Subversion Old and New


The term “subversion” — seldom mentioned in policy circles since the Cold War — has re-entered the lexicon. Echoing that earlier period of conflict, Washington and Moscow are accusing each other of fomenting subversion. The U.S. State Department detects a hidden Russian hand behind the so-called “green men” reportedly responsible for seizing government sites in eastern Ukraine. Russian state radio claims that a “long-running covert subversion” in Ukraine is part of a broader U.S. effort involving the CIA, NATO, and the “military-industrial complex” to assert “hegemony and control” over Eastern Europe.

No one is using the term with any precision. Subversion is used to describe any clandestine or covert activities aimed at regime destabilization — including disinformation, the creation and manipulation of ethnic tensions, and support for illegal armed groups. During the Cold War, the concept of subversion was equally baggy and flexible. Neither the West nor the Soviet Union admitted to engaging in subversive activities as such. Like terrorism, subversion was and remains a normative term. Nevertheless, the superpowers and their allies saw subversion as a useful part of their national security repertoire.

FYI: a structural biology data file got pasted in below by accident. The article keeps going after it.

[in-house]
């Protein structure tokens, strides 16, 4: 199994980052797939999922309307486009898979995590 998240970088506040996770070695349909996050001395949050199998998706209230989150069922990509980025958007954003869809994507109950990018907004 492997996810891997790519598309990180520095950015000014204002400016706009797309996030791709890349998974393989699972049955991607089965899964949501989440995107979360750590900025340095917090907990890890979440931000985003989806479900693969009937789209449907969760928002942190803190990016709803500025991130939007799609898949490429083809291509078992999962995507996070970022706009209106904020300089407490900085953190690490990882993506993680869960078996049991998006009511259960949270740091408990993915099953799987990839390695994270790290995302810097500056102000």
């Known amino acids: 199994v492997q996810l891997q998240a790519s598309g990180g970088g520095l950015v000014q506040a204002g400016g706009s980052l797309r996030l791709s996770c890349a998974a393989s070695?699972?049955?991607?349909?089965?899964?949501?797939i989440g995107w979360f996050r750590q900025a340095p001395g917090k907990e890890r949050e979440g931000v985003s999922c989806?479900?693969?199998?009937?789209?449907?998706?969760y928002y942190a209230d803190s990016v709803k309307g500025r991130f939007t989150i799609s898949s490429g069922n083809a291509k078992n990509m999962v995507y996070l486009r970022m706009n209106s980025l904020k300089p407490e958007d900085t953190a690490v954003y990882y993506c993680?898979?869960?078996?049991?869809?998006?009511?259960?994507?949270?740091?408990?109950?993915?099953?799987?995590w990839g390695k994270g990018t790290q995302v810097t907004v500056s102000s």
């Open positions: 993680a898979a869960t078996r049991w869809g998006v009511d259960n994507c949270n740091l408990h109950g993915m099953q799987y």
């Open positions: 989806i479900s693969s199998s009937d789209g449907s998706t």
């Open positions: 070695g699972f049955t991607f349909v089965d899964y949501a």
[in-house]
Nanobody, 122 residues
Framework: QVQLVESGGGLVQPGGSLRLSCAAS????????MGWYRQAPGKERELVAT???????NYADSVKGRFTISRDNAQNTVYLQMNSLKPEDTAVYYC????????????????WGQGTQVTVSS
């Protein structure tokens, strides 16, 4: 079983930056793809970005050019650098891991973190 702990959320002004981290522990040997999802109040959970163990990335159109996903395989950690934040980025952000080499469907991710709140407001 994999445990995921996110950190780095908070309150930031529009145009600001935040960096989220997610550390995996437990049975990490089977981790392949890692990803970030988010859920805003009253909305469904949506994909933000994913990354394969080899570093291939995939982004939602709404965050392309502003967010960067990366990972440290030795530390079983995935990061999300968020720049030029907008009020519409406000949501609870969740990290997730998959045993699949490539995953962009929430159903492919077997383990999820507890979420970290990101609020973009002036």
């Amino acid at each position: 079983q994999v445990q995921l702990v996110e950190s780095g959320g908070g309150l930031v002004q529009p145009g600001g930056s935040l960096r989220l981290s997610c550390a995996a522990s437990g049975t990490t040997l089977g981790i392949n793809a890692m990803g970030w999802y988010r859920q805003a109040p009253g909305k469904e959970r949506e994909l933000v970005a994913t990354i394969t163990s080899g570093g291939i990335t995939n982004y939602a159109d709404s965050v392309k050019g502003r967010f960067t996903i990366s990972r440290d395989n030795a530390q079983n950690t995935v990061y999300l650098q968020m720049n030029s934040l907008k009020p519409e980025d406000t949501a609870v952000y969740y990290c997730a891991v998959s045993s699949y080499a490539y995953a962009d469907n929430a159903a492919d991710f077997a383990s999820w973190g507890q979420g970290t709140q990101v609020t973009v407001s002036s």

Undermining hostile or unfriendly regimes through front groups, riots, strikes, and infiltration were all regular if not routine parts of statecraft. To cite just one example: In 1947, Major General Sir Stewart Menzies, chief of Britain’s Secret Intelligence Service (MI6), hatched a far-ranging plan of anti-Soviet subversion that included deception, “throwing ridicule” on Russian officials, hurling stink bombs during meetings of the Communist Party of Great Britain, and creating a “general nuisance” in Soviet-controlled territory.

Nor was subversion necessarily limited to states. Insurgent and terrorist groups like the Viet Cong/National Liberation Front, the Provisional Irish Republican Army, and the Farabundo Martí National Liberation Front in El Salvador used intimidation, propaganda, and economic and social control measures to physically and metaphorically separate target populations from incumbent regimes.

Over time, slightly different connotations of the term emerged in the United States and Britain. For Americans, the word was applied almost exclusively to the activities of Communist countries and their operatives, friends, and supporters around the world. Subversion was seen as integral to a global communist strategy to undermine the United States, its allies, and its friends in the developing world.

The British, while not rejecting this conception explicitly, developed a more specialized understanding of subversion. Colonial officials waged a number of counter-subversive campaigns in Africa, the Middle East, and Asia, some of which were directed against purely nationalist groups and individuals. After decolonization, it was the British Isles themselves that seemed most vulnerable to subversion, at least to some observers.

Following her assent to power in 1979, Prime Minister Margaret Thatcher pressed the Security Service (MI5) to reinvigorate efforts against the so-called “enemy within”: Trotskyists, militant trade unionists (some of whom apparently did receive “Moscow gold” and other Soviet blandishments), and garden-variety Communists who allegedly posed a threat to British industry and parliamentary democracy.